Since the first days of SXSW Interactive, Bruce Sterling has closed the festivities with a haranguing, funny, provocative keynote and nearly every year (2017, 2016, 2014, 2013, 2012 etc) we link to it. Read the rest
Are you at SXSW this week? On Thursday (3/15) at 12:30pm, I'll be on a panel about art and technology titled: "Why are artists vital to tech's future (and ours?)" Moderated by Heather Sparks of ScienceSparksArt, the panel also includes artist Rhonda Holberton and curator Aimee Friberg. I'll be speaking about the Voyager Golden Record as a futurist talisman at the intersection of science, art, and wonder. From the panel description:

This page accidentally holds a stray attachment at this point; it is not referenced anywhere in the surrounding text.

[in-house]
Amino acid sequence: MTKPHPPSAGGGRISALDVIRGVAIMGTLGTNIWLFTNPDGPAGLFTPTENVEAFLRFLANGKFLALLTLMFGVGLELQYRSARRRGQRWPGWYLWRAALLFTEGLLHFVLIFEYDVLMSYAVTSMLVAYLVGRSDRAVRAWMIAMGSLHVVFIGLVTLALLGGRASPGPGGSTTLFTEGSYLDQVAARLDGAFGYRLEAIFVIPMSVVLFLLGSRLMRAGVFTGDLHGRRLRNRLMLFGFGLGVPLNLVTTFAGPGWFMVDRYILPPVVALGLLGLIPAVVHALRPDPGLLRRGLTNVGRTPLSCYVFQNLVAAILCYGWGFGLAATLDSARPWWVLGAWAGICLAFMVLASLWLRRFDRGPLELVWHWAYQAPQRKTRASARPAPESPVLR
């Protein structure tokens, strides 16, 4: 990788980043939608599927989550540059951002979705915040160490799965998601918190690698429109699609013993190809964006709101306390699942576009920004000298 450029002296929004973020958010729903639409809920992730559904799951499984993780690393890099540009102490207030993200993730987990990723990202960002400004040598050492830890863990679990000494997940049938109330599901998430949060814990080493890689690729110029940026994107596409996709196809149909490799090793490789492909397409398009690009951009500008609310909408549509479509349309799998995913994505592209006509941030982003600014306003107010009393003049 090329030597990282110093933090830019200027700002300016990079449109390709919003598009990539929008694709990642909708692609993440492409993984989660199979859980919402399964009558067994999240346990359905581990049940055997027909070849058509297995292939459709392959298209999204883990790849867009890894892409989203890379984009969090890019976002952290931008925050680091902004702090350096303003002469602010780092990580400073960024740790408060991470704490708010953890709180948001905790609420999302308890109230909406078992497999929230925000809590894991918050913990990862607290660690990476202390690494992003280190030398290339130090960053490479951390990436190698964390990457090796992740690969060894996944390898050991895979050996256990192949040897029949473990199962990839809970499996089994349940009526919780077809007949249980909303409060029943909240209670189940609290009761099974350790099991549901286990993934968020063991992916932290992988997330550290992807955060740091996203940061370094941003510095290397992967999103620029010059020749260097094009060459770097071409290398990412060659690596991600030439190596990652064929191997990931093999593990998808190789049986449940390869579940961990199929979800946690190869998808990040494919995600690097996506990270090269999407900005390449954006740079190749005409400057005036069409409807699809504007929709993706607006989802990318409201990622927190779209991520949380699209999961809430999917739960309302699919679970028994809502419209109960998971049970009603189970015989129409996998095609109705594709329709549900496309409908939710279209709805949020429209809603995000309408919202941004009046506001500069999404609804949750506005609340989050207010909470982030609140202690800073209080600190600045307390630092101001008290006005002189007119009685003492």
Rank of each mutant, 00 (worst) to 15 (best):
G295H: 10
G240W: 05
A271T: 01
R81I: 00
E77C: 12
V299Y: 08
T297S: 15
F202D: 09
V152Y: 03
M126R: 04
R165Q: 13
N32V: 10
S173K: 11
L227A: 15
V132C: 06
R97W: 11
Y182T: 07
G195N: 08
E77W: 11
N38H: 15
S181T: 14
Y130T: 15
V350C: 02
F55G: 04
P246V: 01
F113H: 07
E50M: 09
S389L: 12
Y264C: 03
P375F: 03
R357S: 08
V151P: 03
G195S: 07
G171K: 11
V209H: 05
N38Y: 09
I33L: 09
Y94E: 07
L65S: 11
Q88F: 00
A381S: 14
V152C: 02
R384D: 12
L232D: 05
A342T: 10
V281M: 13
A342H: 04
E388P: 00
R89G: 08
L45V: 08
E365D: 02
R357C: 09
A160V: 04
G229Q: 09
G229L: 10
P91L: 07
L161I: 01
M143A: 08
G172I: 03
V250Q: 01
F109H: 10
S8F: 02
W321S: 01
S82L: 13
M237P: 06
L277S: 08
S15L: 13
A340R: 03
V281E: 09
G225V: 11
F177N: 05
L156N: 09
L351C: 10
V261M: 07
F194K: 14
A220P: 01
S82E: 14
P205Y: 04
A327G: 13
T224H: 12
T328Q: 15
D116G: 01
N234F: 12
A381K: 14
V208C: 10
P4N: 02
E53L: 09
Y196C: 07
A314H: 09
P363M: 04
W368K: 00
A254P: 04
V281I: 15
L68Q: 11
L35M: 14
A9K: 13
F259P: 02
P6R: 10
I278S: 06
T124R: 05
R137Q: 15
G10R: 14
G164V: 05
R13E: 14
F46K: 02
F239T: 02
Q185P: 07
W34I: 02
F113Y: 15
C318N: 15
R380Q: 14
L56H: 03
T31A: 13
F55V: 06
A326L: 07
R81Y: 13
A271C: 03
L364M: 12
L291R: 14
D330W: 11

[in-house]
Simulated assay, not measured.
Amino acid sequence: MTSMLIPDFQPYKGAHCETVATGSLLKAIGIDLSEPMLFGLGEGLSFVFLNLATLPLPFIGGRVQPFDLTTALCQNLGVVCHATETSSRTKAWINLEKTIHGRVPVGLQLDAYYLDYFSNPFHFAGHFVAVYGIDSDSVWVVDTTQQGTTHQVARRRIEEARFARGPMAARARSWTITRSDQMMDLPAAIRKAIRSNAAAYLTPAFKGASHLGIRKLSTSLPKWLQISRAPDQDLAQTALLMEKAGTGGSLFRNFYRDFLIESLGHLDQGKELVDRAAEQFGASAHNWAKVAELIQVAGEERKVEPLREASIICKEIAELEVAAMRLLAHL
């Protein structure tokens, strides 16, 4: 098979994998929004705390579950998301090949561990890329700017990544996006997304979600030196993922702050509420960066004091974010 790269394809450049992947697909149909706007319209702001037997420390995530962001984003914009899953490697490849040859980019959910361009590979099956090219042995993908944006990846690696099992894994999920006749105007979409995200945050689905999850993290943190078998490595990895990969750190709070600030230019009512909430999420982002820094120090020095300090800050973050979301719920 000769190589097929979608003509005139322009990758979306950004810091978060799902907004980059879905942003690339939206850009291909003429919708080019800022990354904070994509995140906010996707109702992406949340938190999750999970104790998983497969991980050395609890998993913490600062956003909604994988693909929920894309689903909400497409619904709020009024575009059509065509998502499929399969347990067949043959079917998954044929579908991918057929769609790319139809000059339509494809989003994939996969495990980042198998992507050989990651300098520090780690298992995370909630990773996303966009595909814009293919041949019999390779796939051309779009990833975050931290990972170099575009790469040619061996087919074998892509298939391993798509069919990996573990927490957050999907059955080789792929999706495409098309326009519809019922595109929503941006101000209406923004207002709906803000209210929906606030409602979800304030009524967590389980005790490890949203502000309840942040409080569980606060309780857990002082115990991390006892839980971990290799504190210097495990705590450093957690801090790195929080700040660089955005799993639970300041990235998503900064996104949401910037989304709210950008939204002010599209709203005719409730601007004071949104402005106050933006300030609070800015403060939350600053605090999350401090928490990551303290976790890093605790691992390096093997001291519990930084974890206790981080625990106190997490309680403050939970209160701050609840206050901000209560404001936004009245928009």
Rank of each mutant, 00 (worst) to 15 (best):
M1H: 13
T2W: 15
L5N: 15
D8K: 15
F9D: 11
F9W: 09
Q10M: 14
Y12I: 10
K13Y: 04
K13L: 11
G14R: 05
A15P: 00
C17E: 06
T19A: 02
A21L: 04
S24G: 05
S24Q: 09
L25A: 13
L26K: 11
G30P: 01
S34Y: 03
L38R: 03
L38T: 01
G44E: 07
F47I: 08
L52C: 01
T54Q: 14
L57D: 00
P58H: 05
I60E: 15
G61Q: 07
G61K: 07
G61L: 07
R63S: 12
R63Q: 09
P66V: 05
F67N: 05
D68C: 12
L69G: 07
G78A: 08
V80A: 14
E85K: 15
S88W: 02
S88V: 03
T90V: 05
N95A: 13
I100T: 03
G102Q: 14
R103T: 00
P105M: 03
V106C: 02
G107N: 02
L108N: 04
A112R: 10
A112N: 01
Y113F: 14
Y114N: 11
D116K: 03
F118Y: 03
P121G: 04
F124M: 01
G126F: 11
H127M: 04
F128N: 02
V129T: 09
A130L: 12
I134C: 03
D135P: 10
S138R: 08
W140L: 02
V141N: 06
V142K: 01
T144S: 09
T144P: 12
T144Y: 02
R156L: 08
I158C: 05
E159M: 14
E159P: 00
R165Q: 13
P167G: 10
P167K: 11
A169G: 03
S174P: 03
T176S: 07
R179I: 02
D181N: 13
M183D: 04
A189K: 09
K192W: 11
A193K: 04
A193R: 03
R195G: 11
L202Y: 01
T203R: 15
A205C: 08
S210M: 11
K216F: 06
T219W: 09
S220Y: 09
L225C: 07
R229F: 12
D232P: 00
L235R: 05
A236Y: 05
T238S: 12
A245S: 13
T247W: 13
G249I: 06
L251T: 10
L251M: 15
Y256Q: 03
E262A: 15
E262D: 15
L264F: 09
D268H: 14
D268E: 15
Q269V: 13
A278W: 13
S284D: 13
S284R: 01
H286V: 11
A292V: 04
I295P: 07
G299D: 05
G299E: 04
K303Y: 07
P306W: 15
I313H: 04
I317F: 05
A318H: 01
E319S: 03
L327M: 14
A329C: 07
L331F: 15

In a recent report from Silicon Valley's Institute for the Future, technology is said to be "on an inexorable path toward redefining the human experience." Our lives will soon be entirely networked and analyzed by for-profit interests. Yet art—from Carl Sagan's Golden Record on the Voyager, to the works of many artists today—offers a different vision. Join this panel to discuss how artists are vital in steering technology—and therefore humanity—toward a more beneficent and beautiful future.
I hope to see you there!
image above: Rhonda Holberton; below: NASA/JPL-Caltech